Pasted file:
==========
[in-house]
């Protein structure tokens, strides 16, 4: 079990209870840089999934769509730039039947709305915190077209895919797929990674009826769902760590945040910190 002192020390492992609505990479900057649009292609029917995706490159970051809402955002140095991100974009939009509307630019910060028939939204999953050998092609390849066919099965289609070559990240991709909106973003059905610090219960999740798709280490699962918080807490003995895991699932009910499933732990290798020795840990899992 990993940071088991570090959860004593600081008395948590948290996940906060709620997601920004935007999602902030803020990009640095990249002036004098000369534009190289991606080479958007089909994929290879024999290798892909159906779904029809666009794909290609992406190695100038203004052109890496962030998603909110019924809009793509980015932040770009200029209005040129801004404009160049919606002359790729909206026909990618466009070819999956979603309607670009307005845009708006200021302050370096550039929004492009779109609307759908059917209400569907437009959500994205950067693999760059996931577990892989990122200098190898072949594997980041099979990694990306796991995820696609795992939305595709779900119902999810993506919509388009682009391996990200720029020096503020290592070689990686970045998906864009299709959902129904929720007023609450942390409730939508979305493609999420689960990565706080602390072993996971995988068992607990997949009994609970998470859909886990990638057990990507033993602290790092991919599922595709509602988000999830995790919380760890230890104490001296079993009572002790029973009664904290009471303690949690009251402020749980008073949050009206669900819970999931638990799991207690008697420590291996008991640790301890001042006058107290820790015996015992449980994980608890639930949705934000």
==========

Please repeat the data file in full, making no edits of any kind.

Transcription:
[in-house]
């Protein structure tokens, strides 16, 4: 079990209870840089999934769509730039039947709305915190077209895919797929990674009826769902760590945040910190 002192020390492992609505990479900057649009292609029917995706490159970051809402955002140095991100974009939009509307630019910060028939939204999953050998092609390849066919099965289609070559990240991709909106973003059905610090219960999740798709280490699962918080807490003995895991699932009910499933732990290798020795840990899992 990993940071088991570090959860004593600081008395948590948290996940906060709620997601920004935007999602902030803020990009640095990249002036004098000369534009190289991606080479958007089909994929290879024999290798892909159906779904029809666009794909290609992406190695100038203004052109890496962030998603909110019924809009793509980015932040770009200029209005040129801004404009160049919606002359790729909206026909990618466009070819999956979603309607670009307005845009708006200021302050370096550039929004492009779109609307759908059917209400569907437009959500994205950067693999760059996931577990892989990122200098190898072949594997980041099979990694990306796991995820696609795992939305595709779900119902999810993506919509388009682009391996990200720029020096503020290592070689990686970045998906864009299709959902129904929720007023609450942390409730939508979305493609999420689960990565706080602390072993996971995988068992607990997949009994609970998470859909886990990638057990990507033993602290790092991919599922595709509602988000999830995790919380760890230890104490001296079993009572002790029973009664904290009471303690949690009251402020749980008073949050009206669900819970999931638990799991207690008697420590291996008991640790301890001042006058107290820790015996015992449980994980608890639930949705934000």